Prosecutor’s Full Discretionary Power to Charge Juveniles as Adults Reviewed
The decision whether or not to try juveniles as adults has been in the hands of prosecutors since 1994. As a result of this “direct file” law, Florida prosecutors are given full discretion to determine which juveniles will be tried as adults, without judicial review or supervision. Between 2012 and 2013, more than 98 percent of 1,500 juvenile cases where sent directly to adult courts without any sort of judicial review. A report published by the Human Rights Watch evaluated and estimated the effect that “direct file” law has on juveniles in the Florida criminal justice system.
The Evolution of the “Direct File” Law
Prosecutors before 1994 did not have this discretionary power to charge children as adults without some sort of oversight. A special hearing was required, where both sides were permitted the opportunity to state their case for why the juvenile should or should not be charged as an adult. The juvenile’s history and the circumstances of the case would be considered before the juvenile could be charged as an adult.
After 1994, prosecutors were given the power to offer “direct commitments” which were included in plea deals offered to juveniles forcing them into accepting certain deals rather than being charged as adults. In one report, it was estimated that from 2009 until present, more than 800 juveniles were threatened with being charged as an adult before they accepted the plea deals offered to them by the prosecutors. For prosecutors, being charged as an adult is one type of bargaining chip that they can use with very little judicial intervention.
The Purpose of the “Direct File” Law
The purpose of the direct file power given to prosecutors was as part of a crack down on juvenile violent crimes, in hopes that the fear of being tried as an adult would be a deterrent. Many felt that the “revolving door” of the juvenile system was ineffectual and many kids were given many free passes to commit felonies with little to no consequences. The current system in place, however, has shown that, between 2012 and 2013, many of the juveniles involved in direct transfer, almost 60 percent, were accused of nonviolent crimes.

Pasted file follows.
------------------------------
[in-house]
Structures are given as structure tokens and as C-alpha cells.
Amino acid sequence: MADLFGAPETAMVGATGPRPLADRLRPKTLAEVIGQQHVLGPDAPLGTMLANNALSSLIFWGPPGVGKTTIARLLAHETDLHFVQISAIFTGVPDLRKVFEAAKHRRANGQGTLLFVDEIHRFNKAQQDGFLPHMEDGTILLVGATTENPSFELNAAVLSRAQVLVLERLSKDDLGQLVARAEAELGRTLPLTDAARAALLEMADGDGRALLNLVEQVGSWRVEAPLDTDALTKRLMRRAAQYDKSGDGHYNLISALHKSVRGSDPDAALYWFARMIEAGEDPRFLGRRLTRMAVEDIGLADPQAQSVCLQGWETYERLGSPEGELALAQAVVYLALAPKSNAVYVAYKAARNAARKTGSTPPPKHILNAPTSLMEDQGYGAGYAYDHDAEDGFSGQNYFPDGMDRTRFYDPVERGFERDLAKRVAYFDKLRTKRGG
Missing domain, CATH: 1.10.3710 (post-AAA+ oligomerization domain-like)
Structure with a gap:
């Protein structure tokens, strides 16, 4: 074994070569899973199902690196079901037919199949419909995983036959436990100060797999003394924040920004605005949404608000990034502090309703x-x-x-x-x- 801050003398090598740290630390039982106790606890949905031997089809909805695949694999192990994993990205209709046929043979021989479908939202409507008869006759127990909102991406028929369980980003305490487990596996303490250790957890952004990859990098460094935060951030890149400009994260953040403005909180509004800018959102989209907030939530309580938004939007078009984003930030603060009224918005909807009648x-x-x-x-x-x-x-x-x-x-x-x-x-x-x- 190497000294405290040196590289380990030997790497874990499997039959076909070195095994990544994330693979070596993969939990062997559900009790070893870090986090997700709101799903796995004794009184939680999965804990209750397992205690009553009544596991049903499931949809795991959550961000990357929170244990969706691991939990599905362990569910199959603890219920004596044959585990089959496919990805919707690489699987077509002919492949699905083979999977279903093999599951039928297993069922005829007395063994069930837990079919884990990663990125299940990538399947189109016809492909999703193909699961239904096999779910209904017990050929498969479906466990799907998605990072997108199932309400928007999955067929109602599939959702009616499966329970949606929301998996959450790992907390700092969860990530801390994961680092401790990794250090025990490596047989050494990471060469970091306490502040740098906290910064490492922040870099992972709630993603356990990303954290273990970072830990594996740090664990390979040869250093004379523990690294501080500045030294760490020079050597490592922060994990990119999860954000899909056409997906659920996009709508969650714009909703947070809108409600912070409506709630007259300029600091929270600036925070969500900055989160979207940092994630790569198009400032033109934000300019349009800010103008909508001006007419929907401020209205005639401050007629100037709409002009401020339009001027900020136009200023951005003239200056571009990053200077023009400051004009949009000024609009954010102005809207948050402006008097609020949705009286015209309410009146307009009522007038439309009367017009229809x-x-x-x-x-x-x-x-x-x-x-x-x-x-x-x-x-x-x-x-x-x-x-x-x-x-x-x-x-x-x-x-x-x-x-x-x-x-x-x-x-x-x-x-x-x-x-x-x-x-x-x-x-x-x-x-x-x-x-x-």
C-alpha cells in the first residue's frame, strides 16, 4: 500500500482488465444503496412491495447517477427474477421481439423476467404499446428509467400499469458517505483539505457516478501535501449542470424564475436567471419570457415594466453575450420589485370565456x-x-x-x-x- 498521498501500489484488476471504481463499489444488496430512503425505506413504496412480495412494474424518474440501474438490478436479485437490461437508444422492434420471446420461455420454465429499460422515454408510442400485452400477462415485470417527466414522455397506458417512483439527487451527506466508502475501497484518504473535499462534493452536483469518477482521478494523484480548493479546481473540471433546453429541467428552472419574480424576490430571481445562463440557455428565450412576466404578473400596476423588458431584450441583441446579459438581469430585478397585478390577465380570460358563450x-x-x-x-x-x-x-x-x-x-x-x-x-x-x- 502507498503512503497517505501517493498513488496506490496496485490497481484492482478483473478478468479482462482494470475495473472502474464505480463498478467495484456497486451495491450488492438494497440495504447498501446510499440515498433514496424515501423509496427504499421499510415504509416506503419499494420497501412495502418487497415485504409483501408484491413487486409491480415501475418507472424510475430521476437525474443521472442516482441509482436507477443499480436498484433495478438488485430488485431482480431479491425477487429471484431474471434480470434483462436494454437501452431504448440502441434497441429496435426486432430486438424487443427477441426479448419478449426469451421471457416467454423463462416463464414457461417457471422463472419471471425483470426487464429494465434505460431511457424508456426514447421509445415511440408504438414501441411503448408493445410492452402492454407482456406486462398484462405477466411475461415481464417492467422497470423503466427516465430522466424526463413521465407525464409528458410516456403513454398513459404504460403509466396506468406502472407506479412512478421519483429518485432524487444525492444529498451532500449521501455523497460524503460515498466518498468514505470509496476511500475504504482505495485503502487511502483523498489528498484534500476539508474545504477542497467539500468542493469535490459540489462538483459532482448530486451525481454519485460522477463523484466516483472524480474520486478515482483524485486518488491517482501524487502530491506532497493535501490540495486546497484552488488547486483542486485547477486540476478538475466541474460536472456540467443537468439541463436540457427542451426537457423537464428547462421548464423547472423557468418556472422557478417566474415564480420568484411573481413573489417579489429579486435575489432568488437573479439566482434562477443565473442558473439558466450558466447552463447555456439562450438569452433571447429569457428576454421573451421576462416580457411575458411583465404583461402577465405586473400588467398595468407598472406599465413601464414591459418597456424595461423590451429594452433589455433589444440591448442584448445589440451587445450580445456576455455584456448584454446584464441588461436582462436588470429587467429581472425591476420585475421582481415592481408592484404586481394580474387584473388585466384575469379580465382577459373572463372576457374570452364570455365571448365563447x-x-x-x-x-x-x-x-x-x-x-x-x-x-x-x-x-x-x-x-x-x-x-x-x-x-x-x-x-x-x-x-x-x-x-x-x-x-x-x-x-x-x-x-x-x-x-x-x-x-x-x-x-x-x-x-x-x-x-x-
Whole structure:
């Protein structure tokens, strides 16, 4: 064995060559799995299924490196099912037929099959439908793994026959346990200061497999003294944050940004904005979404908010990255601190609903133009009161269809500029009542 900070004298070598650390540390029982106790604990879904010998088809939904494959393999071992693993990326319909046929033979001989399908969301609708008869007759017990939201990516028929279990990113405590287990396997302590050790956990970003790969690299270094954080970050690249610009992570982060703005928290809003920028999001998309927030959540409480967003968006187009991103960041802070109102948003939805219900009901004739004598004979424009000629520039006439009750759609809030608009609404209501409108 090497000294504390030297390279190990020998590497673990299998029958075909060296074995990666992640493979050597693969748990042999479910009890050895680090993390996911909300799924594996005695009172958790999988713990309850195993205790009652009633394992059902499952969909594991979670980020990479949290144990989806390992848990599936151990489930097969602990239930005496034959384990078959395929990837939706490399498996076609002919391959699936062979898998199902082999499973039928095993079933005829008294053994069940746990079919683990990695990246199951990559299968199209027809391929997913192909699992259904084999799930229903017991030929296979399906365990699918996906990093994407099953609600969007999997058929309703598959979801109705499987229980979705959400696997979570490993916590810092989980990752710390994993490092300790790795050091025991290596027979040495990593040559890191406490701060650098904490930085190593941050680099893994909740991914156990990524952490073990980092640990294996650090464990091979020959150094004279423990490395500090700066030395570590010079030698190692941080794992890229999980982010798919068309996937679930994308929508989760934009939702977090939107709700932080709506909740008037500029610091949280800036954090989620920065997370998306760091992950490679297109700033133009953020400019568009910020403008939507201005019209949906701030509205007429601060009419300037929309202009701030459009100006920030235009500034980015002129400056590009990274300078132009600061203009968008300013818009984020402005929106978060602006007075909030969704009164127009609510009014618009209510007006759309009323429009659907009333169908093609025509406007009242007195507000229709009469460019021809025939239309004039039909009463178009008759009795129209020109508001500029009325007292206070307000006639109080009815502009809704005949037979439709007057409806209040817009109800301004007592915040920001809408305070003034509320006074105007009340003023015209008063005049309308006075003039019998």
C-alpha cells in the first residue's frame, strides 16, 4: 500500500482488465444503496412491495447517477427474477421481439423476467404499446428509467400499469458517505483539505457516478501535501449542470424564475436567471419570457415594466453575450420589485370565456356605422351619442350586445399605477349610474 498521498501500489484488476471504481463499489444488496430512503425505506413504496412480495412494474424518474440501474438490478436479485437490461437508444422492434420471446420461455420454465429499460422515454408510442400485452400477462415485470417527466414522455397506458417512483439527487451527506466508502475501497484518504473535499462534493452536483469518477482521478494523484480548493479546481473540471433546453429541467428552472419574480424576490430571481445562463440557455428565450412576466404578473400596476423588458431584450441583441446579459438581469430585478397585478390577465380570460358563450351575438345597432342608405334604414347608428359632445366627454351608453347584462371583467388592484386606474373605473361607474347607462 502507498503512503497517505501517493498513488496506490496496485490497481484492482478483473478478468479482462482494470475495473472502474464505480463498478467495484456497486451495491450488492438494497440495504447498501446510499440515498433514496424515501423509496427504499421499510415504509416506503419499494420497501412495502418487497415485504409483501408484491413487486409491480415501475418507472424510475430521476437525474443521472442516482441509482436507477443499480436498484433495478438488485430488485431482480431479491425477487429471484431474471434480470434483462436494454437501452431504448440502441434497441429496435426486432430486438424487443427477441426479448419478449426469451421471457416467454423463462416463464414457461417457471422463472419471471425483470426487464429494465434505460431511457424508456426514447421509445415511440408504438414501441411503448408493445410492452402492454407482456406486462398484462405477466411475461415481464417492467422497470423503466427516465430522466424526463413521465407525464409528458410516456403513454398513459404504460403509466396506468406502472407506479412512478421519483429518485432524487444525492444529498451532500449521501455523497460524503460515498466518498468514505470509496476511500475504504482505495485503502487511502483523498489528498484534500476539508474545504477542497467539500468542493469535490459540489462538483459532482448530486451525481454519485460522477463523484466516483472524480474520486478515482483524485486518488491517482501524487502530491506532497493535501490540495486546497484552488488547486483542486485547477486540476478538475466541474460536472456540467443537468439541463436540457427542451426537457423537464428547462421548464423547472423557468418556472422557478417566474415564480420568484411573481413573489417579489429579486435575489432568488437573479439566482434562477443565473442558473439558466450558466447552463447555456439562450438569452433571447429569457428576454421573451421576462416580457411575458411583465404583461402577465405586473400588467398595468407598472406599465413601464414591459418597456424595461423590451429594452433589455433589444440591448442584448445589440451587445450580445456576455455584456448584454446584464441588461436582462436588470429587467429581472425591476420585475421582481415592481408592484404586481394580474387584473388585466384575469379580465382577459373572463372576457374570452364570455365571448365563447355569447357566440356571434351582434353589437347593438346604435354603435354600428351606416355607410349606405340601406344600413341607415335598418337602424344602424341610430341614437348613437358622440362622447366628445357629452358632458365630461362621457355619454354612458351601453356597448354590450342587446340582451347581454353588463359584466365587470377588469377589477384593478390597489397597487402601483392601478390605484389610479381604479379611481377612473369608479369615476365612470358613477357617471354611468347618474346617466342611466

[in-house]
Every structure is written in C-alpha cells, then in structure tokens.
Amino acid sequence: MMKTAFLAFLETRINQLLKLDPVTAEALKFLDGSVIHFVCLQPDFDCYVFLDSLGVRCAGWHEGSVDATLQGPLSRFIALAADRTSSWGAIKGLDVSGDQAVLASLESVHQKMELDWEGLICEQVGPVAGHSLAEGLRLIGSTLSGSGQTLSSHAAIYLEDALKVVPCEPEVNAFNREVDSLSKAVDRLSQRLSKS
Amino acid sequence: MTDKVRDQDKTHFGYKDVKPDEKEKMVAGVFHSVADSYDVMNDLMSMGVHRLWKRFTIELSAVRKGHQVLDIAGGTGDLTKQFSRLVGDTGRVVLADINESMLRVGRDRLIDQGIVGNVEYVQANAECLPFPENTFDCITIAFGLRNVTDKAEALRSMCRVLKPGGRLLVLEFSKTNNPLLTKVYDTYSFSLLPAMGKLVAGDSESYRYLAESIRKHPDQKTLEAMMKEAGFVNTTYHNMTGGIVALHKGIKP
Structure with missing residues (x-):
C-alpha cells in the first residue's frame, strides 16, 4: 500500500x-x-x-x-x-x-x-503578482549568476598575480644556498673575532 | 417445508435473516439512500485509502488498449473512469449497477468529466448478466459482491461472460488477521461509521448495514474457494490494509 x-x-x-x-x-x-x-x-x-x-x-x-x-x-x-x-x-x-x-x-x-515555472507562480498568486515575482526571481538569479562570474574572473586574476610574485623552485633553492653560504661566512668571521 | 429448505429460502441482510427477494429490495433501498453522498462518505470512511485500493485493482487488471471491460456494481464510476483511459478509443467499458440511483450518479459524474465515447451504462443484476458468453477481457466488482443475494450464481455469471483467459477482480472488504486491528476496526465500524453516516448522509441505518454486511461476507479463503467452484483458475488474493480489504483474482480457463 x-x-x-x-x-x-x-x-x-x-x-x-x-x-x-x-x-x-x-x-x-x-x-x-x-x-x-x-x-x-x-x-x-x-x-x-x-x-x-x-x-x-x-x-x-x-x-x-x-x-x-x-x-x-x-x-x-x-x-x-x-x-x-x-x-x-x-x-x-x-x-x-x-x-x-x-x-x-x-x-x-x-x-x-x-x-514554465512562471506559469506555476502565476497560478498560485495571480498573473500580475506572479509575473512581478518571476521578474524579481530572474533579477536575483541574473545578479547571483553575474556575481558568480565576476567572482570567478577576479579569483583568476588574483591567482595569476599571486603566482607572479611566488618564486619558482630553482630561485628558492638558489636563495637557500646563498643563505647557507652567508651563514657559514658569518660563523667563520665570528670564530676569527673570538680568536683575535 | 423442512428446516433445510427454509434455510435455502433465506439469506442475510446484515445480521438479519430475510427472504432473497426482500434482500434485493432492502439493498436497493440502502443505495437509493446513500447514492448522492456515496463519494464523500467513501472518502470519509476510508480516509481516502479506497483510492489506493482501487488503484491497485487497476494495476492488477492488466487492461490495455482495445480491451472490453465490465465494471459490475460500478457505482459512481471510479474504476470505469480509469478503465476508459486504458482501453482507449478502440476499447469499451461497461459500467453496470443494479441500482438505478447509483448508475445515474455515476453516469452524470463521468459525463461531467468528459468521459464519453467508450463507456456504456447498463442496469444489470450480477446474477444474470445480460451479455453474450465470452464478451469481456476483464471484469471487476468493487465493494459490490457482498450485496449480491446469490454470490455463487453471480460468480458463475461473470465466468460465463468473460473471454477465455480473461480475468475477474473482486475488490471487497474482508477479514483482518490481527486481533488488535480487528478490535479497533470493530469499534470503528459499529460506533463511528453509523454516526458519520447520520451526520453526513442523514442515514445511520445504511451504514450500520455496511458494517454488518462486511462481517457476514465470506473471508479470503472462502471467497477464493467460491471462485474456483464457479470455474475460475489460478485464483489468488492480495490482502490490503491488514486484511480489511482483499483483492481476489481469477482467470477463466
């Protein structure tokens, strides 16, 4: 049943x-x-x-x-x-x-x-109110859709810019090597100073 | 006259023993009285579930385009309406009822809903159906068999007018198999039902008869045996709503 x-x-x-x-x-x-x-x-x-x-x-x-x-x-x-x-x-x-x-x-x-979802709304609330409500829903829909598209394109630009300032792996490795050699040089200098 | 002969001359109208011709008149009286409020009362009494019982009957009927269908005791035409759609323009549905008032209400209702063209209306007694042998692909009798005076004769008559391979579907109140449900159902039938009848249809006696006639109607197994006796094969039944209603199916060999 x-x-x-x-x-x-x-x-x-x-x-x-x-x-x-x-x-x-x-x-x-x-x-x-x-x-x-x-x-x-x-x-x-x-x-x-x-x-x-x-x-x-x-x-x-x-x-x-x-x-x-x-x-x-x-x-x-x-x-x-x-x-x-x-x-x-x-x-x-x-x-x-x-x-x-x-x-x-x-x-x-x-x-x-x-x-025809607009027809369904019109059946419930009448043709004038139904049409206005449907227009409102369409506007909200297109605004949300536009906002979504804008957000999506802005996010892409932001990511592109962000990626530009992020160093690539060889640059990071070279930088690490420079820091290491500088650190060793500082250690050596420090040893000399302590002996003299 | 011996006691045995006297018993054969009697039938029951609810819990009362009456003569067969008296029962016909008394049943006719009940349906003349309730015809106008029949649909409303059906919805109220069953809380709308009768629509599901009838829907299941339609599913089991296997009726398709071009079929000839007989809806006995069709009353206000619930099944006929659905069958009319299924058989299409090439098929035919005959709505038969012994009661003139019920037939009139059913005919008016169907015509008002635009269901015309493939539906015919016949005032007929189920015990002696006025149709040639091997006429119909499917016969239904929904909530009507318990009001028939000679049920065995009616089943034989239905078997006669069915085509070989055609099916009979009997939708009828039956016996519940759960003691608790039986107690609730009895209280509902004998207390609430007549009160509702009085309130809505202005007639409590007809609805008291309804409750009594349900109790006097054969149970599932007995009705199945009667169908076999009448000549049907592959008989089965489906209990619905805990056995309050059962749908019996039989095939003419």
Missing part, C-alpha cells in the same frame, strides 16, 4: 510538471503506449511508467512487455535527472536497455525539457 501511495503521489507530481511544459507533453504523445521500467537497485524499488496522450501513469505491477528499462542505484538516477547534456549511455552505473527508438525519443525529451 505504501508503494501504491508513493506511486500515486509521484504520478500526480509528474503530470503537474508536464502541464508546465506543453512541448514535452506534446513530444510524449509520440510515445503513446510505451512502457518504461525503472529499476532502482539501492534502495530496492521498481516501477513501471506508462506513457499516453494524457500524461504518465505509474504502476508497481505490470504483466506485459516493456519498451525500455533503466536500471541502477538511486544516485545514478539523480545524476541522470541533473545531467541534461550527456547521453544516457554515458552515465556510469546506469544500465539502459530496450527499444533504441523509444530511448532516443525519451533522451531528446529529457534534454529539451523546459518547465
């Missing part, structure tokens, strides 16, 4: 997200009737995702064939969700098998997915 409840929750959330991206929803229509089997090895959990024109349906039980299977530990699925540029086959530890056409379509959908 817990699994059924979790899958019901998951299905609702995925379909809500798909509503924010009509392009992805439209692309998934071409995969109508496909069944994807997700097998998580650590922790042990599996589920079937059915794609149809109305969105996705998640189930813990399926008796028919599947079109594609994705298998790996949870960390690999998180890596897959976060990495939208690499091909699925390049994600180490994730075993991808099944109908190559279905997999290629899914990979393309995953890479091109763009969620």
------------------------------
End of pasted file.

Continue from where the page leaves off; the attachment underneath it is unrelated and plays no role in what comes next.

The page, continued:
Current Florida “Direct File” Law
Florida’s current criminal transfer laws dictate that age of the child and past criminal offenses are relevant in the assessment for whether the child should be charged as an adult.
- For a child who is 14 or 15 years old at the time the offense was committed, it is up to the state attorney’s discretion to direct file or not. One factor for considering whether to direct file the case is whether the offense committed was violent such as arson, sexual battery, murder, manslaughter, etc.
- For a child who is 16 or 17 years of age at the time of the offense, and has been charged with committing a felony in the past, and is currently charged with a violent crime against another in the present case, the state attorney must mandatorily direct file the case with the Court.
- Certain felonies, like carjacking where someone is seriously injured or killed, are a mandatory direct file regardless of the age of the defendant.
- Finally, once a child has been charged as an adult through the direct file process, he or she will always be considered and charged as an adult for any subsequent crimes committed.
Criminal Attorney in the Fort Lauderdale Area
It is important that teenagers, just like adults, understand the law and the legal consequences of their actions. Children and teenagers are especially vulnerable to making bad decisions as a result of peer pressure and their immaturity and inability to fully analyze the consequences of their actions. If your child has been charged with an offense, they will require legal counsel to help them not let one mistake ruin the rest of their life. Kevin J. Kulik will be able to help inform you and your child of the next steps in the legal process. Please contact the office of Kevin J. Kulik today for a free and confidential consultation of your case.